After spending the weekend at “CampGrandmaand Grandpa,” our preschool boys were attempting to “gain the floor” and regale their father with stories from their time at the farm. It didn’t take long before they were arguing and demanding equal time and attention from Daddy. Feeling trapped in the minivan and knowing he had another hour to drive with these two, he decided to teach a lesson in brotherly love. “If Jesus were here right now, what would he do?” Neither boy seemed to have any ideas, so he suggested, “I think he would say, ‘Let my brother tell you his story first.’” He let them ponder that idea for a minute before he asked, “Who would like to play a game and practice being Jesus?” The boys enthusiastically agreed to try this game.
Feeling quite proud of his strategy for eliminating the sibling squabble, Dad explained that whoever was playing the role of Jesus would let his brother tell about the weekend first. Then they would trade roles. After confirming they both understood the rules of this game, he asked, “Who wants to be Jesus first?” Our youngest son waved his arm in the air and shouted, “ME!” and our older son shared a weekend story. Turn taking continued for a couple of minutes before the coveted role of Jesus became too desirable for the little actors. Fifty-five miles from home Dad was listening to raised voices demanding, “I want to be Jesus,” “NO, I want to be Jesus” bouncing back and forth in the backseat.
“Finally, all of you, live in harmony with one another; be sympathetic,
love as brothers, be compassionate and humble.”
1 Peter 3:8
Every parent who has more than one child has experienced or will experience sibling rivalry at its best. “He started it! I had it first! Don’t touch me! He’s looking at me!” The only one you might not have heard yet is, “I get to sit in the front seat!” and that’s only because they are all still strapped in car seats in the back. Whew!
Sibling issues can begin as soon as toddlers are big enough to fight back when their older brother or sister bugs them. Relationships are not easy, especially between young children who lack necessary relationship skills. Sharing and negotiating do not come naturally for preschoolers. Neither do honesty, respect, patience, and problem solving. Instead our little ones come up swinging, biting, whining, and crying when they feel hurt, angry, or inconvenienced.
As parents, we need to remind our children that their siblings are their best friends. They are going to be a part of each other’s lives for the long haul. When we pray at night with our little ones, we should help them lift up their siblings in prayer. Look for opportunities for your children to serve one another. If you are piling in the minivan to run errands, ask the older preschooler to help buckle the younger child. At naptime, when the middle child has lost his precious sleeping companion, encourage all the children to join the search party. Ask the children to help each other with chores, like putting clean socks away and setting the table. At our house we even have “Team Tiede” cheers that we use to celebrate each other’s achievements, which also help promote positive sibling relationships.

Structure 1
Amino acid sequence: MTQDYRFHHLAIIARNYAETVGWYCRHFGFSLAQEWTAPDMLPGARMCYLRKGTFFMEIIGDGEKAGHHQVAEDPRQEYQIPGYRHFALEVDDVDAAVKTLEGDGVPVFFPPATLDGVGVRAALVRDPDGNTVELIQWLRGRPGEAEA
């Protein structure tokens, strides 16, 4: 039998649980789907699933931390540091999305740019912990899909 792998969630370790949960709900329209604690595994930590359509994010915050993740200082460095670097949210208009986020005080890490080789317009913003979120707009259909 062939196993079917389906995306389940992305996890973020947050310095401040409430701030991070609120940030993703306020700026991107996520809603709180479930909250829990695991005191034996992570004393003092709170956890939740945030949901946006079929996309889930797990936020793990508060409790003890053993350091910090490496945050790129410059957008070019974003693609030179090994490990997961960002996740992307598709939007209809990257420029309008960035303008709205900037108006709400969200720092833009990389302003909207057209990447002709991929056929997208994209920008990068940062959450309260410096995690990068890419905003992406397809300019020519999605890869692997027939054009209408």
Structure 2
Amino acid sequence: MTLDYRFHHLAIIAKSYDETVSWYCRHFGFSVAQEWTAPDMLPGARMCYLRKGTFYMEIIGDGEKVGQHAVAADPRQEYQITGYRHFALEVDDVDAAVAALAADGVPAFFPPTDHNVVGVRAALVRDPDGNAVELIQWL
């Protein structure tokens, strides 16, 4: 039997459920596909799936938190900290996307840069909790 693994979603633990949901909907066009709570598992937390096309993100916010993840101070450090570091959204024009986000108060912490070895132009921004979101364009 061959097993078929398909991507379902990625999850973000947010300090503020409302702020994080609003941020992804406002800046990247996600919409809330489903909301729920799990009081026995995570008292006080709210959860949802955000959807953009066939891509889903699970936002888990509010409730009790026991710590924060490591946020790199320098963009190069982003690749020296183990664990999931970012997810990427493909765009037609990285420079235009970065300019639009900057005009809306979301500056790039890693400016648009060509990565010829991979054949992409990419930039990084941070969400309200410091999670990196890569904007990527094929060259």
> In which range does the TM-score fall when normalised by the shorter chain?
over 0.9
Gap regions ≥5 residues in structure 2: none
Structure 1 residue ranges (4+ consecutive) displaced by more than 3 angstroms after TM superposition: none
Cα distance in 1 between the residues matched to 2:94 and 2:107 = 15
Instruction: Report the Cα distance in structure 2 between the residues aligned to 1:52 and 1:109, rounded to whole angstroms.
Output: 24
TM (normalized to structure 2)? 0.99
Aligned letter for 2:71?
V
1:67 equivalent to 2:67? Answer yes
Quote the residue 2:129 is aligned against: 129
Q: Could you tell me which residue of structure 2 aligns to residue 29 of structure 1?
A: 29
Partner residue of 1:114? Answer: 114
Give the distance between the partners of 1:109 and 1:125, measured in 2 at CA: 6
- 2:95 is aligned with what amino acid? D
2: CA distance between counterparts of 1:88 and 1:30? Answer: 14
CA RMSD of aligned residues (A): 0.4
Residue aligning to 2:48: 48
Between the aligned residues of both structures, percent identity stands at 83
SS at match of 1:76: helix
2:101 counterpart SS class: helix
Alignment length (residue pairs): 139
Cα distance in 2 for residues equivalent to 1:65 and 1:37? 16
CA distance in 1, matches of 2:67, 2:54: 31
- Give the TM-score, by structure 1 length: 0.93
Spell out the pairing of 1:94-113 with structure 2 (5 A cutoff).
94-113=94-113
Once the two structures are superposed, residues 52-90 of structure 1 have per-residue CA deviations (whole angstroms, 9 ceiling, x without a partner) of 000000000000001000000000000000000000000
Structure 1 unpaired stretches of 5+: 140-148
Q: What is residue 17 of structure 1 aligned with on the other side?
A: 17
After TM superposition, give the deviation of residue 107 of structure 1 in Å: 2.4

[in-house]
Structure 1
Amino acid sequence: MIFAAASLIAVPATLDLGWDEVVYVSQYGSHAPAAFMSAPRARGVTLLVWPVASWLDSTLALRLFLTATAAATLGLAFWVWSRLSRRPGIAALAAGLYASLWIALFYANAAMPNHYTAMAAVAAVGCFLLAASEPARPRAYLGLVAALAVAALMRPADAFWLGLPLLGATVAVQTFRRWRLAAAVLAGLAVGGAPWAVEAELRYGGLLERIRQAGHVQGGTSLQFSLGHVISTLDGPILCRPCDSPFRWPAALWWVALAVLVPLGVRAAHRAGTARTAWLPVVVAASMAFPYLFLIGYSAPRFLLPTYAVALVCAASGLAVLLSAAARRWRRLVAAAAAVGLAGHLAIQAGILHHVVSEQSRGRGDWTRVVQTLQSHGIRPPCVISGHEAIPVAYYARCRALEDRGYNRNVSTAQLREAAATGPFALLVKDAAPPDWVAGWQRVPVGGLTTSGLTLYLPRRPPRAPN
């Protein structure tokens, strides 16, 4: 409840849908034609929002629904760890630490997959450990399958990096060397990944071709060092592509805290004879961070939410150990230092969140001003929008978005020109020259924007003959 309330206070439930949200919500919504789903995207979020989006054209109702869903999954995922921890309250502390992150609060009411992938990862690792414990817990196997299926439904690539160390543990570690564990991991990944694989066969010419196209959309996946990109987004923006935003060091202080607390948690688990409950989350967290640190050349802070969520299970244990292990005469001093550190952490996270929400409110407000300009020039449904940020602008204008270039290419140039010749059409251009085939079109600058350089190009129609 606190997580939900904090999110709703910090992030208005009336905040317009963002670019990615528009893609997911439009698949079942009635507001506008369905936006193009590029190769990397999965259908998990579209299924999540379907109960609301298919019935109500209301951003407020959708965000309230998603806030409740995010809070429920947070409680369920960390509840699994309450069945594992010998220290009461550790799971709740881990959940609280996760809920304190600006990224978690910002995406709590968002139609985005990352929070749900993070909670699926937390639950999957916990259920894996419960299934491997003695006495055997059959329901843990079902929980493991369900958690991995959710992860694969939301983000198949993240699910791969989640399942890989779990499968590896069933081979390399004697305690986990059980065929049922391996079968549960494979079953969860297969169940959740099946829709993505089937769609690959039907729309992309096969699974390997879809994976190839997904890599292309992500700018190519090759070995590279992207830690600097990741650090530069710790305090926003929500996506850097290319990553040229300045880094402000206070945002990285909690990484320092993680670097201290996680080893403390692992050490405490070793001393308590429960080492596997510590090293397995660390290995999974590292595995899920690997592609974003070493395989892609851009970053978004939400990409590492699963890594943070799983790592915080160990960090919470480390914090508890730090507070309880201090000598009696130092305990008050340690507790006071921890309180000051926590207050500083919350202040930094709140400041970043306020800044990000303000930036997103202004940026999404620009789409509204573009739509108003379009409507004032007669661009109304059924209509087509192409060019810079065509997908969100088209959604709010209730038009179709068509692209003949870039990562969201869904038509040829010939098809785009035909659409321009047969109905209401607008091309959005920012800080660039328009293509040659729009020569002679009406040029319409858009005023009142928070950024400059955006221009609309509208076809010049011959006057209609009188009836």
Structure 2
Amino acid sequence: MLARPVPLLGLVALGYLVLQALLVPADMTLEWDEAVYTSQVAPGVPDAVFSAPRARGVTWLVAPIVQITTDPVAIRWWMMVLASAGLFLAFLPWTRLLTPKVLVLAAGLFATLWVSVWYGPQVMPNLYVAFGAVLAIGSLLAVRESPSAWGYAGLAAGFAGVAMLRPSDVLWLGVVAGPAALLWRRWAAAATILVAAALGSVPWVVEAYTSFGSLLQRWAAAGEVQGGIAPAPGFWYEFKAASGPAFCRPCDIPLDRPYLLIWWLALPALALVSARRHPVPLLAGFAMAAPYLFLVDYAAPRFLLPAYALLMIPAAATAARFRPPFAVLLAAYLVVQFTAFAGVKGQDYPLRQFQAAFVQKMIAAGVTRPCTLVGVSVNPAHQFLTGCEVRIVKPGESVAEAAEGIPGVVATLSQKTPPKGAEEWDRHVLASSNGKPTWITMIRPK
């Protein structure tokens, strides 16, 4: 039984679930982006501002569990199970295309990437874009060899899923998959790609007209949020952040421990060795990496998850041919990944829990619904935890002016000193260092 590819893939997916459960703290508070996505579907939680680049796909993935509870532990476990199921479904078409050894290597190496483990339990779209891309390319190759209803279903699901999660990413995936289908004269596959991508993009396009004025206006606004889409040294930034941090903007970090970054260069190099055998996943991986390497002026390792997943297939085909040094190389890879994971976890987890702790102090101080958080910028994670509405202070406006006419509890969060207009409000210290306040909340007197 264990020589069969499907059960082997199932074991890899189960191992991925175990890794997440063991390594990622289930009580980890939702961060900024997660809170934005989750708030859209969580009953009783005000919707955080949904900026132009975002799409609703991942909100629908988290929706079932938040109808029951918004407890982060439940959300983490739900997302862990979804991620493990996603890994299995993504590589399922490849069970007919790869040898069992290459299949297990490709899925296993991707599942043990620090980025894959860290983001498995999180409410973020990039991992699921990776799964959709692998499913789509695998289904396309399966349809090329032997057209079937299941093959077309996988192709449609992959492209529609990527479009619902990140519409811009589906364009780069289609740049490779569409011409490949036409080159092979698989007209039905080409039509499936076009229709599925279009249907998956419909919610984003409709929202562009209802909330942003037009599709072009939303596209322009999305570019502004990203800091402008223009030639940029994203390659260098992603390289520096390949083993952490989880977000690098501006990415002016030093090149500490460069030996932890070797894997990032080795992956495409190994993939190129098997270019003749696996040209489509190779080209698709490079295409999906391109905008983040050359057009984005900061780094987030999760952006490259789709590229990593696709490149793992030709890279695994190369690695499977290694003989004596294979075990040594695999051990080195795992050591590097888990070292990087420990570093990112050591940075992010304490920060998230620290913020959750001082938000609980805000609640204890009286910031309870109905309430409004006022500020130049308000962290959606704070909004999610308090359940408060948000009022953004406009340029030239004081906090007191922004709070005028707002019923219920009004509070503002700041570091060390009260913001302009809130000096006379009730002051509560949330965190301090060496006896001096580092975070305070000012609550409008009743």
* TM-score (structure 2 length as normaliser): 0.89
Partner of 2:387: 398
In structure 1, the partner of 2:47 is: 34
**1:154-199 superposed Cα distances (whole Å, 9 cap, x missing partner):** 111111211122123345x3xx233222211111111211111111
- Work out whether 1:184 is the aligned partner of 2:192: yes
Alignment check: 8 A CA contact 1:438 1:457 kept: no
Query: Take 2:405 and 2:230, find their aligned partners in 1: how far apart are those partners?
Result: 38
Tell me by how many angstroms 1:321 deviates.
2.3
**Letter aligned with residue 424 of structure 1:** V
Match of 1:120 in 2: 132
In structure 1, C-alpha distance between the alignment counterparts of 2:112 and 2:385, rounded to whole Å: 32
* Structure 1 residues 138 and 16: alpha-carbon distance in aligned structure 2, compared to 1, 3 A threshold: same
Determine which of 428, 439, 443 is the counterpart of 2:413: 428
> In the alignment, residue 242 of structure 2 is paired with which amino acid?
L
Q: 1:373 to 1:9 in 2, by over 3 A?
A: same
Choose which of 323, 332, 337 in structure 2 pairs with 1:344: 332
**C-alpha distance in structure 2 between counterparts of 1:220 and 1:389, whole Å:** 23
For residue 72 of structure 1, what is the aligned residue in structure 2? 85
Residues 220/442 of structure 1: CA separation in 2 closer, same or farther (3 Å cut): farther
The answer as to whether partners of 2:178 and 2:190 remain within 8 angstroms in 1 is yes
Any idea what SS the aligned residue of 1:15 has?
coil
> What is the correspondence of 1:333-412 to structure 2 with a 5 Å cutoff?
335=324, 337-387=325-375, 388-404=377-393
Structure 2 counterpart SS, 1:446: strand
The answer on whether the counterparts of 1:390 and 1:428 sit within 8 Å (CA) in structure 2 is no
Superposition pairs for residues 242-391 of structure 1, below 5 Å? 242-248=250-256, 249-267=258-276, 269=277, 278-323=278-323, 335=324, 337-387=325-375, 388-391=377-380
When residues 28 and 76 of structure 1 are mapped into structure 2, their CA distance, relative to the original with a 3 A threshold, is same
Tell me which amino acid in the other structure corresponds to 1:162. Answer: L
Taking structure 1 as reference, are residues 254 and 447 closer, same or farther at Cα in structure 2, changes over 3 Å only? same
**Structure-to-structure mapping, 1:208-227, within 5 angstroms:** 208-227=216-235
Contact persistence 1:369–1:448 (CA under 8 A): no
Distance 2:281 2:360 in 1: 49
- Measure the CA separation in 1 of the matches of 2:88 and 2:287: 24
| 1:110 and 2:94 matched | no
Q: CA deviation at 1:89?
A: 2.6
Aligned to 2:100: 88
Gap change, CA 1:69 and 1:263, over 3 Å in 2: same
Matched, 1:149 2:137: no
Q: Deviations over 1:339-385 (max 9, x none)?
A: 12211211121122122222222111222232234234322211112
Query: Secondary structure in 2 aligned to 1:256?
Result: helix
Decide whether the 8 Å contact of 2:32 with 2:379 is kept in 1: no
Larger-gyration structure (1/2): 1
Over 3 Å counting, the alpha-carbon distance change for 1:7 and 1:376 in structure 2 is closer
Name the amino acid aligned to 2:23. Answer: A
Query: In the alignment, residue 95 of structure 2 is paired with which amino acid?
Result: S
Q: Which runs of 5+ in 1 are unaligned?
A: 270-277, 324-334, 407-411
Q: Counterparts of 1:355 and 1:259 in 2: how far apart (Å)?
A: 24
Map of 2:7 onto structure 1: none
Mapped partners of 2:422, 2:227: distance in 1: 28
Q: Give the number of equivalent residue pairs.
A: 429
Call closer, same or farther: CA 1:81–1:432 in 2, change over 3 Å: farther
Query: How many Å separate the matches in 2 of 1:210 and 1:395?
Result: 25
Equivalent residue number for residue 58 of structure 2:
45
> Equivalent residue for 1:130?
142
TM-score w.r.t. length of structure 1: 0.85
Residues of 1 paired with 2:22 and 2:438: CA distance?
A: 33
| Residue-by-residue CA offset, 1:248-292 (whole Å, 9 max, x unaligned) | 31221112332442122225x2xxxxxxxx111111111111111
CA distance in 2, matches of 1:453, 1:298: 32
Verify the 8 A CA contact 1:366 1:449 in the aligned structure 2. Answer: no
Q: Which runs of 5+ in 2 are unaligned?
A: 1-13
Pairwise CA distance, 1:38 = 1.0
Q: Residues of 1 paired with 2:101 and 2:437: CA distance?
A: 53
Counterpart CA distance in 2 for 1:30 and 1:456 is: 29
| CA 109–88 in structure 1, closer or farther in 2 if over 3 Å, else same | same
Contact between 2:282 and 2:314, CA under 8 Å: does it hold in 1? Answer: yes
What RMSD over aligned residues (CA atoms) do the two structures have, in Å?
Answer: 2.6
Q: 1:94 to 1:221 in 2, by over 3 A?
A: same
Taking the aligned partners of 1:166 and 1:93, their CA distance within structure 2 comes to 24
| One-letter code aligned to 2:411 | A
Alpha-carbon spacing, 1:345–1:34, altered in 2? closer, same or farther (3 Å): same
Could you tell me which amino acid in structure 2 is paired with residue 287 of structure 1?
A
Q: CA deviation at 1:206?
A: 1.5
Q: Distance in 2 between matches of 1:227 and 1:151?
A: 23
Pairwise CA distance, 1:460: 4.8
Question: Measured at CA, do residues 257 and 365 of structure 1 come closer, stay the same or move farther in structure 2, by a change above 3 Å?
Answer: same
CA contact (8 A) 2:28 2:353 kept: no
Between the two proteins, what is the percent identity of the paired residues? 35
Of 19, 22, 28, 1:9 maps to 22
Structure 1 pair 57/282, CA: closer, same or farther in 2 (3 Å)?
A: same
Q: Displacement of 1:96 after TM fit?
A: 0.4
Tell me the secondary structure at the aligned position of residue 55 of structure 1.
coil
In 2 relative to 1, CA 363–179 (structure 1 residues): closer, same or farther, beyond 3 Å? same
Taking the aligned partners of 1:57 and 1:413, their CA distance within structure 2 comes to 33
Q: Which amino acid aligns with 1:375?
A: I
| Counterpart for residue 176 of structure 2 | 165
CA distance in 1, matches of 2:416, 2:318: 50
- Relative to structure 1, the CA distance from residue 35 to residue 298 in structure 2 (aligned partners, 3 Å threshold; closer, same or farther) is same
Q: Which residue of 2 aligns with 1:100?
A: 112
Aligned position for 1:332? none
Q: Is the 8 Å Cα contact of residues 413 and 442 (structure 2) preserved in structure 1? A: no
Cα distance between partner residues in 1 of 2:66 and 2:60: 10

When the inevitable happens and you have bickering, step in to teach good communication and problem solving skills. Sometimes you may have to role play how one child tells his sister that it “Makes me mad when you take my toy,” instead of scratching her face. In other situations you may model for your child how to read the “whines” of his younger brother and walk away from a situation. At times, it is most effective to separate the squabblers completely. My favorite technique, and my children’s least favorite (which is the reason this is so successful), is to implement a “Hug Fest.” I turn over our traditional three-minute sand egg timer on the table. Then the siblings stand next to the table and are instructed to gently “hug” until the timer ends. Most of the time this consequence ends in giggles and the offense is forgotten.
Teaching our children to love each other and get along is critical if they are to “glorify the God and Father of our Lord Jesus Christ, with one heart and mouth.” (Romans 15:5-6.)
And so I pray…
In Jesus’ Name I pray these things, giving you glory and honor forever, Father! I love my children, and I know they love each other too. Please show me how to encourage __________ in his relationship with his sibling(s). I admit sometimes my first reaction is to step in and stop the fight or raise my own voice louder than those of the children. Help me be a good model of respect and communication for __________. I pray he will learn to live at peace with his sibling(s). Give him the integrity to walk away from situations even if it doesn’t mean “winning.” Help __________ “be devoted to his sibling(s) in brotherly love. Honoring them above himself.” (Romans 12:10.) Amen.
*Taken from my book, Parenting on Your Knees
Parenting on Your Knees: Prayers and Practical Guidance for the Preschool Years
Strap on your sense of humor and don some knee pads as you prepare to be equipped for/by Parenting on Your Knees: Prayers and Practical Guidance for the Preschool Years. Vicki Tiede provides parents of preschoolers tools and strategies for parenting and praying when sleep and alone time are at a minimum. You will find hope and encouragement to nurture and pray for your child’s character, behavior, social skills, development, and spiritual growth.
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